Christ Church Sowerby Bridge

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What did rich Victorians Eat?

In Victorian times there was a huge difference in the food eaten by the rich and the poor. In many ways the extremely wealthy with large country estates ate a similar diet to today. This was only possible by employing huge numbers of gardeners to defy the English climate and grow exotic fruit and vegetables in enclosed walled gardens and huge heated glasshouses.  It also took lots of money and many feats of engineering to balance the light, heat and water necessary for plants taken from the wild to flourish.    

 They would not naturally grow in our short summers and it was an expensive “hobby” to grow fruit like oranges, grapes and pineapples  to impress important visitors to the house.   In particular horse manure and straw from the stables together with farm waste was needed to layer into “Hot beds” where natural composting warmed up the soil. Other methods included burning it in boilers, creating steam to pipe into and heat enormous glasshouses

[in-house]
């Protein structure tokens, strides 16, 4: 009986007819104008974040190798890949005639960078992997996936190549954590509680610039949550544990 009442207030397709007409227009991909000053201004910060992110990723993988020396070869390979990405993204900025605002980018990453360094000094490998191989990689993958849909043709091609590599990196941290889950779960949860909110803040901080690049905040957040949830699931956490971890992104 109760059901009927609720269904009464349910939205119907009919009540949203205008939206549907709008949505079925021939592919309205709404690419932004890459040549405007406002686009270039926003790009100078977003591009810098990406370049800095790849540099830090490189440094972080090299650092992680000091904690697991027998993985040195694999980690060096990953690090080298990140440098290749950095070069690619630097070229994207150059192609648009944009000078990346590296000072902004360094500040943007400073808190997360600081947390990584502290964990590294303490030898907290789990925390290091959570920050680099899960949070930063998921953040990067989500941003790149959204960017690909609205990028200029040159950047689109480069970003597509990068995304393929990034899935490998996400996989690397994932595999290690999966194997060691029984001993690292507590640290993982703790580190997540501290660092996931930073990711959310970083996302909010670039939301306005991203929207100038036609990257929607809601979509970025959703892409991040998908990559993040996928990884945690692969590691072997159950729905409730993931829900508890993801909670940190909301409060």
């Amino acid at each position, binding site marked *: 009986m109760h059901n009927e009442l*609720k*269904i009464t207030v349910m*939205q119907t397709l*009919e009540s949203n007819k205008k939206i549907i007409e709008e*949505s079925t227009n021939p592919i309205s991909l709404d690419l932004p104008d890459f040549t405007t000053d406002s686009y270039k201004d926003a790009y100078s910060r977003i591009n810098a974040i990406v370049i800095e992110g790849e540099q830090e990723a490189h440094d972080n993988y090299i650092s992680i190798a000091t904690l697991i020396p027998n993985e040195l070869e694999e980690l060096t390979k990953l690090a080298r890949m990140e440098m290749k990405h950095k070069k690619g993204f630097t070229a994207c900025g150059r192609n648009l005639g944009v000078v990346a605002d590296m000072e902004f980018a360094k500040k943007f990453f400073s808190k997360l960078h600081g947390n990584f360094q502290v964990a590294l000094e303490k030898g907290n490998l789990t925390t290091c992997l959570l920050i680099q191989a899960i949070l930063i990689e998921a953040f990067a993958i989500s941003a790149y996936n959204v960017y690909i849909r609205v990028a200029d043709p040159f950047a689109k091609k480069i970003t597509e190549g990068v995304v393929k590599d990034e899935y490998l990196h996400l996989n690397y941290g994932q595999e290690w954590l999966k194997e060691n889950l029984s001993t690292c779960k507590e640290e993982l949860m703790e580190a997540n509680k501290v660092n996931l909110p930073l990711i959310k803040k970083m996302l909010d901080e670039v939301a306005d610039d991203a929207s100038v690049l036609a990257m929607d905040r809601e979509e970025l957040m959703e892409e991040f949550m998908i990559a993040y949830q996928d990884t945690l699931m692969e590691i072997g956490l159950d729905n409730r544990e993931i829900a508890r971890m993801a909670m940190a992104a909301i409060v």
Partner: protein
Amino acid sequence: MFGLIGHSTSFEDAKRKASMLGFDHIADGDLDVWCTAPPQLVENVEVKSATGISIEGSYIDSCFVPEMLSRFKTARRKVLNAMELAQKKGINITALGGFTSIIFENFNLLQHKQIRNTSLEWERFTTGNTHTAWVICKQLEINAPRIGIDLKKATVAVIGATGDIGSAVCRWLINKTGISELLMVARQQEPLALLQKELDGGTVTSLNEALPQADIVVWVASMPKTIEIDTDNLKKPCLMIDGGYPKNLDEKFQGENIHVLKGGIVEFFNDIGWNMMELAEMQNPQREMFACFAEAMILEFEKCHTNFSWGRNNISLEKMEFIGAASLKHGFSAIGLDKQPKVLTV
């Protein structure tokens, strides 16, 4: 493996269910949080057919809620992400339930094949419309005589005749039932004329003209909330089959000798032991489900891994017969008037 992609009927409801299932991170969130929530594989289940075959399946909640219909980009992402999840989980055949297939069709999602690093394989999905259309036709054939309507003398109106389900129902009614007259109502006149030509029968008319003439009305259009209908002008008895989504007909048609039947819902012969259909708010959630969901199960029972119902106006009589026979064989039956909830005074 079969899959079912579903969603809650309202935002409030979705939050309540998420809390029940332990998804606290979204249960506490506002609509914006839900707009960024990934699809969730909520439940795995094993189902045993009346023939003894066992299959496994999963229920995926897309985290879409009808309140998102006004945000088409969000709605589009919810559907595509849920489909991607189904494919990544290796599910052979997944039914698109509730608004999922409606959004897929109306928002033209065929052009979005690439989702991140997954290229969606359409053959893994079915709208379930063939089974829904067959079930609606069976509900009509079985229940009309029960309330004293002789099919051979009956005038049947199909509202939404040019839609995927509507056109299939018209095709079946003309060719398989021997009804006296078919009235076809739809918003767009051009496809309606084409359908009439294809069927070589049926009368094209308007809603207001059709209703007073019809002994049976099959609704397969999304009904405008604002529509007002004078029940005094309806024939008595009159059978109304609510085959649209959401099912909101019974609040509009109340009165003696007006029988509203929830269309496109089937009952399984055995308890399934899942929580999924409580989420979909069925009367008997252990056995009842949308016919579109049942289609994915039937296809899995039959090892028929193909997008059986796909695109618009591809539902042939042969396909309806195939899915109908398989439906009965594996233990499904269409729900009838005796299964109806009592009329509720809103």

After the Great War 1914-1918 many of these country estates suffered greatly with too few surviving gardeners to do the necessary work and many of the gardens fell into ruin. The Great Stove Conservatory at Chatsworth House in Derbyshire, (see above) spread over three quarters of an acre and was even visited by Queen Victoria but was demolished in 1920. Nowadays, some of these garden structures are being restored and you can visit them. There is an Orangery at Lyme Park near Stockport and a walled garden at Benningborough near York.    

They then employed cooks who used long and complicated processes to cook these exciting ingredients in elaborate ways.  They paid for special moulds and shaped tins in which to make elaborate centrepieces for great occasions. Pies shaped like pigs, jellies in the shape of flowers, and tiered cakes.  



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